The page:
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Installation Basics

Downloading and Extracting

The first necessary step is to download the Window Maker source distribution. From this point on, we'll assume it has been retrieved and is residing on the local hard disk. The next step is to extract it, and change into the source directory.

# cd /path/to/your/download
# gunzip WindowMaker-0.xx.xx.tar.gz
# tar -xf WindowMaker-0.xx.xx.tar
# cd WindowMaker-0.xx.xx

Now that things are extracted, it's time to look at the relevant pieces of documentation. Most UNIX oriented free software packages come with a README file, and Window Maker is no exception. The README file contains a summary overview of what the distribution is, what the various directories contain, and other general information.

Moving along, we have the NEWS file. For now, we just want to point out its existence. It will become more useful to novice users over time. Veteran Window Maker users will find it handy for keeping their configuration files up to date, and learning about various changes which affect Window Maker's behavior.

The two remaining files we need to look at are INSTALL and BUGS. The INSTALL file provides additional information that is necessary to install Window Maker successfully. The BUGS file contains a list of known Window Maker bugs. If a user feels they've found a bug in Window Maker, they should consult the BUGS file first. If the bug isn't listed, proceed to the Bug Tracker and see if its there.


After extracting the latest version of Window Maker using the previous instructions, the next step is to compile it. First of all, the configure script should be run. It will test to make sure all the necessary libraries, compilers and build tools are available on the local system. The configure script allows for various arguments to be passed to it which relate to Window Maker's installation. For a complete list of all configurable settings, enter:

$ ./configure --help

Commonly used configuration options are:

--prefix=DIR --enable-modelock --enable-xinerama --enable-silent-rules

The first configuration option lets Window Maker be installed into a non-default installation directory (e.g if Window Maker cannot be installed system wide for some reason, a user can specify a path under his/her home directory). The default installation directory is /usr/local/bin. Note that root access will be needed later on during the installation process if the defaults were used.

So if a user johndoe would like to install the wmaker binary into /home/johndoe/wmaker/bin instead of the default /usr/local/bin, the following argument would be passed to the configure script:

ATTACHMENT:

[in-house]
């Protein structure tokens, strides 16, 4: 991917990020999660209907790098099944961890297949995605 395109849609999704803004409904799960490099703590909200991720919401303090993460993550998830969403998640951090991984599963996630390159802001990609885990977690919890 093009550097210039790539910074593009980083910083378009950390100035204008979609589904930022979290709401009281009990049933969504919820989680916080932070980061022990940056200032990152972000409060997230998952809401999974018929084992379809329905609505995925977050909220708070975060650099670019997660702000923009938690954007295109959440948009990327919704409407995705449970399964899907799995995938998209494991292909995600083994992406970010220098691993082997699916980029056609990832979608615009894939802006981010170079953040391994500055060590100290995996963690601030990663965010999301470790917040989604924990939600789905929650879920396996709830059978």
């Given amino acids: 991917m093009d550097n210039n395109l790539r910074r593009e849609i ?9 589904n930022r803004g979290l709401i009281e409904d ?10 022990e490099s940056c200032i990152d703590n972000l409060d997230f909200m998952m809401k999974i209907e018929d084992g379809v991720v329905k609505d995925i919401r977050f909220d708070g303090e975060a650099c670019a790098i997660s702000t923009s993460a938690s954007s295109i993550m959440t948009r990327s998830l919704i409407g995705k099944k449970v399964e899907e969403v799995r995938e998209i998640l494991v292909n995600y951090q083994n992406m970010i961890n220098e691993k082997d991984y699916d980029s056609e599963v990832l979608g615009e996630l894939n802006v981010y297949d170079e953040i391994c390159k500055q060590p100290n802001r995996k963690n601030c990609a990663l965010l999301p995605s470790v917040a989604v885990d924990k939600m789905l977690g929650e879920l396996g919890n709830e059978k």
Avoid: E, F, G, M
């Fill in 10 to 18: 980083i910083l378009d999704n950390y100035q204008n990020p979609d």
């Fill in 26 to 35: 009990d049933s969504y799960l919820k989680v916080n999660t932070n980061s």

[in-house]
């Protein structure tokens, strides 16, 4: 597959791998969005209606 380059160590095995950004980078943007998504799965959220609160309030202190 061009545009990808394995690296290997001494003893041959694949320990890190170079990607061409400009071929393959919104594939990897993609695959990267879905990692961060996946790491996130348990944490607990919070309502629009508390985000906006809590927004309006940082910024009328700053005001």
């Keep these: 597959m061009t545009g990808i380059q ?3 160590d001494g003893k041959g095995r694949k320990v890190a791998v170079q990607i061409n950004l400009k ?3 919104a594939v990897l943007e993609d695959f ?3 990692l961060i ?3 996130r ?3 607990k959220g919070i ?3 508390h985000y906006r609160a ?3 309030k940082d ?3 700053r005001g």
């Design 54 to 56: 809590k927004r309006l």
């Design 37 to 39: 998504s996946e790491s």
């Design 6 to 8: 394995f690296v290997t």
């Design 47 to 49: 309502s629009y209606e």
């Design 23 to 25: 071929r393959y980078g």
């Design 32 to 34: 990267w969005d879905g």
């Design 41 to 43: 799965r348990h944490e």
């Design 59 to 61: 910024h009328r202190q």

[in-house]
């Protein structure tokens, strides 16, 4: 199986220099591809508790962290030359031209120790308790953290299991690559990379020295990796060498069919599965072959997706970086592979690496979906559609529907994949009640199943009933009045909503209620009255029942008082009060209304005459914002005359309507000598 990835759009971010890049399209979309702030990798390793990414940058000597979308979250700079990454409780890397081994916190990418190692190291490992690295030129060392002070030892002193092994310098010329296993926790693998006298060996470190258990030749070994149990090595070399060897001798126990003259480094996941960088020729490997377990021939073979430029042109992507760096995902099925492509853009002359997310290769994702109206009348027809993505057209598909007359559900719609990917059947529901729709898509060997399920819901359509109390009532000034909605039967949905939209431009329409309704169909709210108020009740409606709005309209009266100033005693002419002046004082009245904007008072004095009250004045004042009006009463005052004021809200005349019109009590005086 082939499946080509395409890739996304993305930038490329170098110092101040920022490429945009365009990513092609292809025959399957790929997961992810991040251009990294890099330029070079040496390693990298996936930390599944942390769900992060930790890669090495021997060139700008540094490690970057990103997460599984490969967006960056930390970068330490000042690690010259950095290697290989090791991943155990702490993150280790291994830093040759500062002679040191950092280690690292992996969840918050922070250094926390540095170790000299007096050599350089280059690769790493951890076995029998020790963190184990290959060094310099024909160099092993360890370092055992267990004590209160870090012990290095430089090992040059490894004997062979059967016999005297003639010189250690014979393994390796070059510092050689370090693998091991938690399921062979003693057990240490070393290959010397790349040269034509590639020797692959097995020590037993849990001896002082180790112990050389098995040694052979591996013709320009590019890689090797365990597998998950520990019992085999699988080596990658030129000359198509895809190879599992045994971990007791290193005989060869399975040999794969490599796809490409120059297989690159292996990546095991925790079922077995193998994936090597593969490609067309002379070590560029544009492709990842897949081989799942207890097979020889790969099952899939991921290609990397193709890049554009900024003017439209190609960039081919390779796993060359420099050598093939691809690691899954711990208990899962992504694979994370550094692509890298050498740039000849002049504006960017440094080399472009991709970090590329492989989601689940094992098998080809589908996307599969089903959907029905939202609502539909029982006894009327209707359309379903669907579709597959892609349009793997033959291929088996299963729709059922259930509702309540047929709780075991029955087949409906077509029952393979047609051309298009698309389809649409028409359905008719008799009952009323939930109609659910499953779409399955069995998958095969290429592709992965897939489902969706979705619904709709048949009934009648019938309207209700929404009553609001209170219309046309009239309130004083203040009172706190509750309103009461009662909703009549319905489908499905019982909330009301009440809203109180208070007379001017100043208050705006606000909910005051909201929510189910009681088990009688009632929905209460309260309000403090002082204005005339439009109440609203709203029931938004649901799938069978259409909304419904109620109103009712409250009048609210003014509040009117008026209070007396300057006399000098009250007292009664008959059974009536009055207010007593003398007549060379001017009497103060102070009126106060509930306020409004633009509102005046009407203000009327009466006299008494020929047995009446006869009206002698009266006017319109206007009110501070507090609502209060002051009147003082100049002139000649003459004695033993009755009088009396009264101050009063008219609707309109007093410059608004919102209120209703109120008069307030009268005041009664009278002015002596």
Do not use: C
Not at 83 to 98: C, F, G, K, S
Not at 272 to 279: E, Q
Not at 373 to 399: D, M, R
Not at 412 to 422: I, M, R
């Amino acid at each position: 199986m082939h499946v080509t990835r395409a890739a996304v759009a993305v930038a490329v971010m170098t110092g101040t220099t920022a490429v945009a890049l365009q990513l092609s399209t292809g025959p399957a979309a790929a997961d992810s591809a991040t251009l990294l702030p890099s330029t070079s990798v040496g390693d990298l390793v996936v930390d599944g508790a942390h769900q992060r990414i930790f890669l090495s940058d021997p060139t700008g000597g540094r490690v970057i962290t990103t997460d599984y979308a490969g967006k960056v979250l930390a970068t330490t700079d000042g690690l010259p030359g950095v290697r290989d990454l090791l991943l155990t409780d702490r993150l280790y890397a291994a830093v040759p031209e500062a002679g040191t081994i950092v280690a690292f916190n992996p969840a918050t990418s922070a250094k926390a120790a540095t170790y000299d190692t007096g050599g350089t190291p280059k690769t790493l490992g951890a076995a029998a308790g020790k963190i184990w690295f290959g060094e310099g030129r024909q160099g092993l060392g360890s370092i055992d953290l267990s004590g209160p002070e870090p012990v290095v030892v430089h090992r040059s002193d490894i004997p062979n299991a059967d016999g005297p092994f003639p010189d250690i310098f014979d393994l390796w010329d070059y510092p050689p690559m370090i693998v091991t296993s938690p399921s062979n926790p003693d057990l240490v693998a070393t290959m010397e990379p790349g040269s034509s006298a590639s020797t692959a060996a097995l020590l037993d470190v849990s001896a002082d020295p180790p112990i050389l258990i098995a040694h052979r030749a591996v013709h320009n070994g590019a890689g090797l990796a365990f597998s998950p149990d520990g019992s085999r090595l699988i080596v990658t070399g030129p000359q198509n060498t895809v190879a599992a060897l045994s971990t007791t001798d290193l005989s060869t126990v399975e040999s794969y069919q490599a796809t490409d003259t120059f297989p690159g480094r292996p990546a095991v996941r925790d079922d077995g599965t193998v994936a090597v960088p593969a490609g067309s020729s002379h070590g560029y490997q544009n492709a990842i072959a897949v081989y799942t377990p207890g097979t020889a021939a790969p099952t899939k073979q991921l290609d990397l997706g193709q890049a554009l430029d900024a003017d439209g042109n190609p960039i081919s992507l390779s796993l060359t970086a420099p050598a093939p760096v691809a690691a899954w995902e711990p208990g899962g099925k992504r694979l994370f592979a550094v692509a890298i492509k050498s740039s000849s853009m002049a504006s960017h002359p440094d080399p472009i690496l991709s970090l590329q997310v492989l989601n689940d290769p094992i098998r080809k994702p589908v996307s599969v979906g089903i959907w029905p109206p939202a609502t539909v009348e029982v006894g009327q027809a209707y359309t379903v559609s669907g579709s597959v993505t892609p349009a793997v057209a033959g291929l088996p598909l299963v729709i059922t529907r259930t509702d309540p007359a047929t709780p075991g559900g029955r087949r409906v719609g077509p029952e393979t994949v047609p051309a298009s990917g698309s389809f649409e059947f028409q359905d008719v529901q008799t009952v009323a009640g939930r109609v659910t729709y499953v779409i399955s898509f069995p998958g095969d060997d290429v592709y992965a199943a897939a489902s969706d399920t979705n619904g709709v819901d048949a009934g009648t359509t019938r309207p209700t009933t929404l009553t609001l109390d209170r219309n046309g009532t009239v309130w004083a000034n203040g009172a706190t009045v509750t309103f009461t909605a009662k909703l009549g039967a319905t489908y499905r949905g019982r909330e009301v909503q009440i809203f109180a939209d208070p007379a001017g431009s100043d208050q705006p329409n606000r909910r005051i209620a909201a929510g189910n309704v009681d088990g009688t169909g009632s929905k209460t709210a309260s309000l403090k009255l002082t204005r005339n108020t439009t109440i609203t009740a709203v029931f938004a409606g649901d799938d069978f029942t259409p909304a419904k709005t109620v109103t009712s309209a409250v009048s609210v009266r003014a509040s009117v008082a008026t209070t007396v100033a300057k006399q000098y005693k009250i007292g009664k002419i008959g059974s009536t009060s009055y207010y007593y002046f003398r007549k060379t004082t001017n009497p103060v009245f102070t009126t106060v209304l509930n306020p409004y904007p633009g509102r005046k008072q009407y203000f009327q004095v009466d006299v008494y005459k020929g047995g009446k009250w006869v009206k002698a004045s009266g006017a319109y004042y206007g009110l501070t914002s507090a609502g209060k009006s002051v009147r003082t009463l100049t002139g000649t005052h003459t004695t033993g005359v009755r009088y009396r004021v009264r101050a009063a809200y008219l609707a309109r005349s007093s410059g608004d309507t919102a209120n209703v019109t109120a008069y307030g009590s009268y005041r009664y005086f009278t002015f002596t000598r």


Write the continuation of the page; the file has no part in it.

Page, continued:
$ ./configure --prefix=/home/johndoe/wmaker

After the configure script has been successfully executed, Window Maker can now be compiled with the make command; simply enter:

$ make

The final step is to install the binaries and other support files. This is accomplished by entering: # make install

Note that this is the step that needs to be performed by root if the default installation directory was used, or if a directory was specified that the running user cannot write to. If the installing user has root access, they should first become root by issuing su - root. Otherwise, reconfigure and recompile Window Maker by specifying a different installation directory, or kindly ask the local system administator to install it system wide.

Once Window Maker is installed system-wide, a default configuration can be installed on a per-user basis, through the bundled installation script, wmaker.inst. Enter wmaker.inst in a terminal emulator to configure Window Maker for your user.

This script copies the default Window Maker configuration to your user's home directory and sets Window Maker as the default window manager. It is recommended to create ~/GNUstep before executing the script.

Final tweaks

Edit your ~/.xinitrc to load your newly installed Window Maker using the line exec /usr/local/bin/wmaker.

Generate a new root menu (accessible with F12) with wmgenmenu, for example

	 $ wmgenmenu > $HOME/GNUstep/Defaults/WMRootMenu 

Another recommended step is to install a few dockapps like wmvolman, wmmixer and wmsystemtray which allow one to easily mount external media on /media among other things. Visit dockapps for many more choices.